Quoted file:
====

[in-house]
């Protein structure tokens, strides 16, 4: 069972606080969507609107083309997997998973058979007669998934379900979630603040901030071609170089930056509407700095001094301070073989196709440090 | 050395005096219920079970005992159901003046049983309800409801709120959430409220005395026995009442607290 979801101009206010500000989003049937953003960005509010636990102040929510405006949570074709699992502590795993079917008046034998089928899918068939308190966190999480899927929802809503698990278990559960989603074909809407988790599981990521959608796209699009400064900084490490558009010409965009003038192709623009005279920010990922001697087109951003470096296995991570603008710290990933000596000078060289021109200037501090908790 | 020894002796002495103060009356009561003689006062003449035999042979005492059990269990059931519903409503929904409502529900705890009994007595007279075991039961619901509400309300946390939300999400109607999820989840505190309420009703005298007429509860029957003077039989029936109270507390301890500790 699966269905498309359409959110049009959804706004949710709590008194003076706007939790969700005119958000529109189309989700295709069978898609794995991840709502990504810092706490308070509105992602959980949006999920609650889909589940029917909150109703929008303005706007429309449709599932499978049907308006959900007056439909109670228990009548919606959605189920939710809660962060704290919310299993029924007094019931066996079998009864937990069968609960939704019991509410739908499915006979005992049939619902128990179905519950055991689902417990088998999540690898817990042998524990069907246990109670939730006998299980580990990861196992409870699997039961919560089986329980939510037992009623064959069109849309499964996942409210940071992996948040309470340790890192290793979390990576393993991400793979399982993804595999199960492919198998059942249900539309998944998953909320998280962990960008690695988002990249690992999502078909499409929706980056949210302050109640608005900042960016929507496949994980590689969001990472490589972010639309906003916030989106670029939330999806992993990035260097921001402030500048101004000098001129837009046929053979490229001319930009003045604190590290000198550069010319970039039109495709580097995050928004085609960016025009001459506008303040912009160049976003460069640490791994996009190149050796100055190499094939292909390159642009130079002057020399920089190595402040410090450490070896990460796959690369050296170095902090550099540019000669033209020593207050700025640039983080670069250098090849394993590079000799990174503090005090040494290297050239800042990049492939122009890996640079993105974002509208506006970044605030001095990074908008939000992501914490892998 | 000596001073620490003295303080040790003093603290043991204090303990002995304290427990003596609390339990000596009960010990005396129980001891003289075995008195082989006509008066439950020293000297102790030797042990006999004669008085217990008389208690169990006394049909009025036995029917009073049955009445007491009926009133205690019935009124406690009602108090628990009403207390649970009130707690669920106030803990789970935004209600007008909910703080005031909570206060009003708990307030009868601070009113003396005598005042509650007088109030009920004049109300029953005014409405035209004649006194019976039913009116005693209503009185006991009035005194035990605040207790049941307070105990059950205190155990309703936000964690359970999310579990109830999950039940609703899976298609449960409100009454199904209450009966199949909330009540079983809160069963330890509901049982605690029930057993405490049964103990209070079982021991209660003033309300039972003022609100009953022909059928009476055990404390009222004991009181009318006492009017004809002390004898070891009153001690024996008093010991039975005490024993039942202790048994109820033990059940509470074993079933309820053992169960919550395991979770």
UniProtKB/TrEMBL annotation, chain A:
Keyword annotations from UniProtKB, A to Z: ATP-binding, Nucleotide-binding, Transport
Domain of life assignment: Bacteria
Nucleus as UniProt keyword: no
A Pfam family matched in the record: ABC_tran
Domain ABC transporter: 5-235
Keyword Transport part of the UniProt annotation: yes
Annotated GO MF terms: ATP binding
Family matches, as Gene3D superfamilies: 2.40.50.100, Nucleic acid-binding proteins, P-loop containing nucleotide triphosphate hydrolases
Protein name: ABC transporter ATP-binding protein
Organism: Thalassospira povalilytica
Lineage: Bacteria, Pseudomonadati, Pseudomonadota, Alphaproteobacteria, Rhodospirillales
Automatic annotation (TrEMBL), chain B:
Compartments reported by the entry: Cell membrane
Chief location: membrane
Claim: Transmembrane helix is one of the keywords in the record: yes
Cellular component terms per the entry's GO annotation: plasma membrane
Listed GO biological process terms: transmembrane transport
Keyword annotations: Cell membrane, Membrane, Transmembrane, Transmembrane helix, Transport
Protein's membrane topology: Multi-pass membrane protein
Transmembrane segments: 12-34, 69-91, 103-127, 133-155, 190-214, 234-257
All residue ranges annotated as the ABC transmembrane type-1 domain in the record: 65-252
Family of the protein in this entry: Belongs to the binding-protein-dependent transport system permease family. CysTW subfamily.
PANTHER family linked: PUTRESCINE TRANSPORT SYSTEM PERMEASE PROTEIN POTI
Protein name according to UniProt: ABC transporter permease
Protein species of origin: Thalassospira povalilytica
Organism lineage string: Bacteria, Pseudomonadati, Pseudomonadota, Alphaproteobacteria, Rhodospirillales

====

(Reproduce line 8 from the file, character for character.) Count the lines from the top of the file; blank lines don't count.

Domain ABC transporter: 5-235